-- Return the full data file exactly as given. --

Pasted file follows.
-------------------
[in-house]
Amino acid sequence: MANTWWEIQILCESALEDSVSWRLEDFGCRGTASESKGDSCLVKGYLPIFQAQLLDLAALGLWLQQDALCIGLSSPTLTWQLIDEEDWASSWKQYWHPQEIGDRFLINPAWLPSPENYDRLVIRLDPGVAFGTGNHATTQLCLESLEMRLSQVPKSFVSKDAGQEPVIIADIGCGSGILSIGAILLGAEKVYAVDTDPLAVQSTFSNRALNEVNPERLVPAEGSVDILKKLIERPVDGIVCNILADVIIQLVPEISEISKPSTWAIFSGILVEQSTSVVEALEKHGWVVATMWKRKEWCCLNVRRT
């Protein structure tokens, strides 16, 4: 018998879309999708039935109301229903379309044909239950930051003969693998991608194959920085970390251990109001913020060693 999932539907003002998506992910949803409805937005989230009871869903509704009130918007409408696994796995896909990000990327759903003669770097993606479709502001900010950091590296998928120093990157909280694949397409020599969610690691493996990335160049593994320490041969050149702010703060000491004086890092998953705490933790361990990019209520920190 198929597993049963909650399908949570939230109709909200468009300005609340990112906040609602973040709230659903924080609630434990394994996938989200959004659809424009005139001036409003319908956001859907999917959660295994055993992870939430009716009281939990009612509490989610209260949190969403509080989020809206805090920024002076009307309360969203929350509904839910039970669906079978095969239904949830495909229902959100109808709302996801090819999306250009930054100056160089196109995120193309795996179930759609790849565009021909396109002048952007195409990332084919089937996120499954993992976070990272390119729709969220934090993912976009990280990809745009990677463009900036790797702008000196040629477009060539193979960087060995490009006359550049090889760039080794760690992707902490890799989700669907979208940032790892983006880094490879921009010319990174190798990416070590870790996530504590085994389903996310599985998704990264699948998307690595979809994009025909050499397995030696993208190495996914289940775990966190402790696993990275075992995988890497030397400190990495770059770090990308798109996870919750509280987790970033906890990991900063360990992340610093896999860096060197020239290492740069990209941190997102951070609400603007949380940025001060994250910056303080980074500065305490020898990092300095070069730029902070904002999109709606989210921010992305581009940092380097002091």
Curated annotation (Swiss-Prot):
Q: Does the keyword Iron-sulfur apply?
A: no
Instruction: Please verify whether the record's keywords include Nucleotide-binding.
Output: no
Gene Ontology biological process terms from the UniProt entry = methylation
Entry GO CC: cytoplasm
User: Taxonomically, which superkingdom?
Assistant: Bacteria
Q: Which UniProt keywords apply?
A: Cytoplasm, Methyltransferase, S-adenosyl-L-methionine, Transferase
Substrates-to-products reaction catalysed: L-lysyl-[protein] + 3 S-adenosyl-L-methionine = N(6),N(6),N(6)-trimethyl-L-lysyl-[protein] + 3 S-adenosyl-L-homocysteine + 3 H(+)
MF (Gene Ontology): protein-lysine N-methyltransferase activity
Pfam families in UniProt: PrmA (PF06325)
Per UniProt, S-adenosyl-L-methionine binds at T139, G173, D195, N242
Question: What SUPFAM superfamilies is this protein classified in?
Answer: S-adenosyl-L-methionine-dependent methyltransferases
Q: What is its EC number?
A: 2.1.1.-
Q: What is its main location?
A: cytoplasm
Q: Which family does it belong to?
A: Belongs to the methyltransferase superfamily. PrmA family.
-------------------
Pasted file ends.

[in-house]
Amino acid sequence: MANTWWEIQILCESALEDSVSWRLEDFGCRGTASESKGDSCLVKGYLPIFQAQLLDLAALGLWLQQDALCIGLSSPTLTWQLIDEEDWASSWKQYWHPQEIGDRFLINPAWLPSPENYDRLVIRLDPGVAFGTGNHATTQLCLESLEMRLSQVPKSFVSKDAGQEPVIIADIGCGSGILSIGAILLGAEKVYAVDTDPLAVQSTFSNRALNEVNPERLVPAEGSVDILKKLIERPVDGIVCNILADVIIQLVPEISEISKPSTWAIFSGILVEQSTSVVEALEKHGWVVATMWKRKEWCCLNVRRT
């Protein structure tokens, strides 16, 4: 018998879309999708039935109301229903379309044909239950930051003969693998991608194959920085970390251990109001913020060693 999932539907003002998506992910949803409805937005989230009871869903509704009130918007409408696994796995896909990000990327759903003669770097993606479709502001900010950091590296998928120093990157909280694949397409020599969610690691493996990335160049593994320490041969050149702010703060000491004086890092998953705490933790361990990019209520920190 198929597993049963909650399908949570939230109709909200468009300005609340990112906040609602973040709230659903924080609630434990394994996938989200959004659809424009005139001036409003319908956001859907999917959660295994055993992870939430009716009281939990009612509490989610209260949190969403509080989020809206805090920024002076009307309360969203929350509904839910039970669906079978095969239904949830495909229902959100109808709302996801090819999306250009930054100056160089196109995120193309795996179930759609790849565009021909396109002048952007195409990332084919089937996120499954993992976070990272390119729709969220934090993912976009990280990809745009990677463009900036790797702008000196040629477009060539193979960087060995490009006359550049090889760039080794760690992707902490890799989700669907979208940032790892983006880094490879921009010319990174190798990416070590870790996530504590085994389903996310599985998704990264699948998307690595979809994009025909050499397995030696993208190495996914289940775990966190402790696993990275075992995988890497030397400190990495770059770090990308798109996870919750509280987790970033906890990991900063360990992340610093896999860096060197020239290492740069990209941190997102951070609400603007949380940025001060994250910056303080980074500065305490020898990092300095070069730029902070904002999109709606989210921010992305581009940092380097002091």
Curated annotation (Swiss-Prot):
Q: Does the keyword Iron-sulfur apply?
A: no
Instruction: Please verify whether the record's keywords include Nucleotide-binding.
Output: no
Gene Ontology biological process terms from the UniProt entry = methylation
Entry GO CC: cytoplasm
User: Taxonomically, which superkingdom?
Assistant: Bacteria
Q: Which UniProt keywords apply?
A: Cytoplasm, Methyltransferase, S-adenosyl-L-methionine, Transferase
Substrates-to-products reaction catalysed: L-lysyl-[protein] + 3 S-adenosyl-L-methionine = N(6),N(6),N(6)-trimethyl-L-lysyl-[protein] + 3 S-adenosyl-L-homocysteine + 3 H(+)
MF (Gene Ontology): protein-lysine N-methyltransferase activity
Pfam families in UniProt: PrmA (PF06325)
Per UniProt, S-adenosyl-L-methionine binds at T139, G173, D195, N242
Question: What SUPFAM superfamilies is this protein classified in?
Answer: S-adenosyl-L-methionine-dependent methyltransferases
Q: What is its EC number?
A: 2.1.1.-
Q: What is its main location?
A: cytoplasm
Q: Which family does it belong to?
A: Belongs to the methyltransferase superfamily. PrmA family.